We have some big news to share about our development of an open SDN software distribution.
ONF has been hard at work for the last couple of months, focused on giving end users a clear migration path to open SDN and leveraging open source software to lower the barrier to adoption. We’d like to introduce you to Atrium, our open SDN software distribution.
Atrium is a critical part of ONF’s vision for making open SDN more easily adoptable by organizations of all sizes. We see open source software as a critical step in the path to global SDN adoption of components that require interoperability. We designed Atrium to facilitate the adoption of open SDN by the networking industry, by integrating established open source SDN software with some critical connecting pieces, and building on software from many developers that has been developed within an open environment. This open setting ensures that the software is thoroughly tested by the community, helps network operators to build custom solutions with greater ease, allows vendors to take advantage of common building blocks, and reduces development costs while improving interoperability.
The first release, Atrium 2015/A, incorporates the Border Gateway Protocol (BGP), the Open Network Operating System (ONOS), and Open Compute Project (OCP) components. The software elements run on either controllers or switches, communicate via the OpenFlow® protocol, and include plugin opportunities for other switching solutions to help foster an open ecosystem of interoperable, hardware-based OpenFlow® switches. Routing is often the most basic application operators want for SDN, and Atrium 2015/A includes Quagga BGP because it is a popular open source routing stack. Atrium 2015/A is built on ONOS because Quagga runs on ONOS, with which we have prior experience, and ON.Lab contributed engineering resources to help with the internal “flow objectives” interface and other integration efforts. But what about OpenDaylight (ODL) integration? Have no fear! We are currently working on an ODL release for later this year, so stay tuned.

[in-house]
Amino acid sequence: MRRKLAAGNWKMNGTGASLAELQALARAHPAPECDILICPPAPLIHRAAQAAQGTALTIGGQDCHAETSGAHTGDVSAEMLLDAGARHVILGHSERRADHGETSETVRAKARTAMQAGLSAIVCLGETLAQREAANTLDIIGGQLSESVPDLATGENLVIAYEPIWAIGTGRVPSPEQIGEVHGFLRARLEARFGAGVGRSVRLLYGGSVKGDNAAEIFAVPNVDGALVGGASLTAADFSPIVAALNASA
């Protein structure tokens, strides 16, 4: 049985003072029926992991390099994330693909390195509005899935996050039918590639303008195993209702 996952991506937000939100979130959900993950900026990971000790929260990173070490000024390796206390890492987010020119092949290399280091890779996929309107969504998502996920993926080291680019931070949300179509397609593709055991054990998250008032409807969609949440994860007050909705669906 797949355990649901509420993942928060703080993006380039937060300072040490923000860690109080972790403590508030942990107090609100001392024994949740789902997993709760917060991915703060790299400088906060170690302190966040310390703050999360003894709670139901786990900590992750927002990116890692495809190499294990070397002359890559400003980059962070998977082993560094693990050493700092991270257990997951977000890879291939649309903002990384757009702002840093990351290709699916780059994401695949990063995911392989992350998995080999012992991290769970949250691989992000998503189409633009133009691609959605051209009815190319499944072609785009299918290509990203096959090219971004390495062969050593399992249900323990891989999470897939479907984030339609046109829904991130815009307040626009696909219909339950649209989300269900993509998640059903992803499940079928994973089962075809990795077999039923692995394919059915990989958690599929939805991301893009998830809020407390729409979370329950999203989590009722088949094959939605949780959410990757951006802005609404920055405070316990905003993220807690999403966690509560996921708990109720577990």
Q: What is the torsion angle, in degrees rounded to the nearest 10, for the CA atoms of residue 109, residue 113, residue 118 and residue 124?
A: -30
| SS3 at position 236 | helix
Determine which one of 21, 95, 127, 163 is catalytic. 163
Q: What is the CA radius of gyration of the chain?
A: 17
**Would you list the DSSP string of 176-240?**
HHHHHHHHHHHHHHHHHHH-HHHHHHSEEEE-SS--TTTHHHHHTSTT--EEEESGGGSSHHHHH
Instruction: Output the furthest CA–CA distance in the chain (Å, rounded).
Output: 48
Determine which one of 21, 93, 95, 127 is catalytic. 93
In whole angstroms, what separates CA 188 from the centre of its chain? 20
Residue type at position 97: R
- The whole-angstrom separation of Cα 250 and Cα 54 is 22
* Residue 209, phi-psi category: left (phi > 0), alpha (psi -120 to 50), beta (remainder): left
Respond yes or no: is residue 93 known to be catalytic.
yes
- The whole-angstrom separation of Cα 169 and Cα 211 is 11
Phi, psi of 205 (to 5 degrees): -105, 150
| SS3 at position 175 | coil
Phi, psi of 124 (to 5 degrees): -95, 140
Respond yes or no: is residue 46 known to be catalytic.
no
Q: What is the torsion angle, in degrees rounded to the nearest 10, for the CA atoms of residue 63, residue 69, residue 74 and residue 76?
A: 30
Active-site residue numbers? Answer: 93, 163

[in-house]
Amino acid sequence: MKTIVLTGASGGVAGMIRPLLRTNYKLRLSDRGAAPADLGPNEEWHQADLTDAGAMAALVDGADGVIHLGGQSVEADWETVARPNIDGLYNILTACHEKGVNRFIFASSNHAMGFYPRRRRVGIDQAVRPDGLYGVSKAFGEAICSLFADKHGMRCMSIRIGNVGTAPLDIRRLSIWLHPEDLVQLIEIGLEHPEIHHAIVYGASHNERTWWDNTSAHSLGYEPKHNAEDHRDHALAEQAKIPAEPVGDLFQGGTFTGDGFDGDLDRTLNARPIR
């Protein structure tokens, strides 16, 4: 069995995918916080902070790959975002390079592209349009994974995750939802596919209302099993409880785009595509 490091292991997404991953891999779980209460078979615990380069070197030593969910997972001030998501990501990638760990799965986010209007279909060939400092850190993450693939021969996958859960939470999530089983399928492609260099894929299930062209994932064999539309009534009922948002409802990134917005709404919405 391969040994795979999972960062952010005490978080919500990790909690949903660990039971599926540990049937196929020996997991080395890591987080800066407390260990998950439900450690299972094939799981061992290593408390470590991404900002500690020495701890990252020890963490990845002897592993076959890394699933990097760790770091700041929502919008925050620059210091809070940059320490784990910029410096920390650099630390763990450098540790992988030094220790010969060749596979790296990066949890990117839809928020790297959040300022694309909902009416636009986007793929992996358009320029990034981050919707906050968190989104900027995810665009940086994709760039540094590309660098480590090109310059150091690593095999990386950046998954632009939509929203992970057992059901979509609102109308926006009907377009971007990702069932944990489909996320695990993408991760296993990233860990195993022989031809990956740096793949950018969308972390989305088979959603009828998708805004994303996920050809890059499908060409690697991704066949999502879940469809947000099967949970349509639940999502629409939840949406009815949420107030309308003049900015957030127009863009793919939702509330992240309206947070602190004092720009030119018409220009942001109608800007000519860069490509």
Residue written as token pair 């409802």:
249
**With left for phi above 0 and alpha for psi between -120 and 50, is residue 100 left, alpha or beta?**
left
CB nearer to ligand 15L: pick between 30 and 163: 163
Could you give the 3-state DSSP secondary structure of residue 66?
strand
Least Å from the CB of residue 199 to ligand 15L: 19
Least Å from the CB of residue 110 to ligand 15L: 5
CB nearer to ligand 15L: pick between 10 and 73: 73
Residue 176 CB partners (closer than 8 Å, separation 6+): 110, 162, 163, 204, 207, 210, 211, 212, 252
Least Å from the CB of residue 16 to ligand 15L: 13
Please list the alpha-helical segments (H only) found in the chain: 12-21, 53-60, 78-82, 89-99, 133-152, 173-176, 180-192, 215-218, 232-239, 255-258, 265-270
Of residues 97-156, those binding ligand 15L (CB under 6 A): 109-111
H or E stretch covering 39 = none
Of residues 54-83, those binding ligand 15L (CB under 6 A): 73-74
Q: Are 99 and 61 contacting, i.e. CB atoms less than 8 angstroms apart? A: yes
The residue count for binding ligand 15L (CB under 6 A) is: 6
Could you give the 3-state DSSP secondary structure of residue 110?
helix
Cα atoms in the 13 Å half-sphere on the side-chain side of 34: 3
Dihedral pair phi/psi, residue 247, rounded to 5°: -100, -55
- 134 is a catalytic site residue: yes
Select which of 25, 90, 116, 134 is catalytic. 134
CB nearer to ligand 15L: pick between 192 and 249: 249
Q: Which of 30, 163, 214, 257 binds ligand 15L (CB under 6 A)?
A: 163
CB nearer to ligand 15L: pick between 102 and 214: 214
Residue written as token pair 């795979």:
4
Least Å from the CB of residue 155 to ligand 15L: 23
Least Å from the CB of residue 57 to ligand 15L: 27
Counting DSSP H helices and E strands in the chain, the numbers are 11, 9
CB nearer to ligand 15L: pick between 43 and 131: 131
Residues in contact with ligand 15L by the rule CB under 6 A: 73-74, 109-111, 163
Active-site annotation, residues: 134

So why did we call it Atrium? The word is derived from a Latin term that refers to an atrium as the central court or main room of a house where people came out of their own private spaces. Atrium is literally “a gathering place.” Given our Open Source SDN community atmosphere, we felt that Atrium reflected how we’ve approached the development of this distribution.
A distribution like Atrium shares software from many developers that has already been tested and integrated – in other words, it pulls best-of-breed offerings together and makes them readily available for ease of deployment. And boy, do we have quite a list of current contributors to Atrium! The following organizations contributed to the current release: Australia’s Academic and Research Network (AARNet), Accton, Big Switch, Broadcom, Centec Networks, the Commonwealth Scientific and Industrial Research Organisation (CSIRO Australia), Corsa Technology, Dell, ESnet, Extreme Networks, NoviFlow, ON.Lab, and Pica8.
What is great about Atrium is that it will grow over time to give users freedom to choose the software that best fits their needs. We’ve already received great interest from a number of organizations that are contributing to future releases, including: Allied Telesis, Bristol is Open, British Telecom, BTI Systems, the Chinese Academy of Information and Communications Technology (CAICT), Ceragon Networks, CPqD, Criterion Networks, Deutsche Telekom, ECI Telecom, Facebook, Gigamon, Huawei, Infoblox, Ixia, Mellanox, Lenovo, Luxoft, NEC, NTT Group, P4.org, Riava, Sify Technologies, SM Optics, Spirent, Tencent, University of Bristol, University of Campinas, University of Lancaster, Wipro, and Zeetta Networks.
Over the last two years, ONF has undertaken open source software development as part of our mission to accelerate commercial adoption of open SDN. Atrium is the first top-to-bottom, soup-to-nuts open source implementation that someone can actually download from GitHub and use to run a real network. For a detailed list of what Atrium includes, please refer to our press release here. Atrium 2015/A will be available at the end of June via our GitHub repository, which can be accessed via www.opensourcesdn.org.
Atrium will be on display in the SDN Solutions Showcase at the Open Networking Summit, June 16 – 18 in Santa Clara, California. We hope you stop by the Showcase to see Atrium in action!
Stay tuned for more releases from our open SDN software distribution later this year!
– Dan Pitt, Executive Director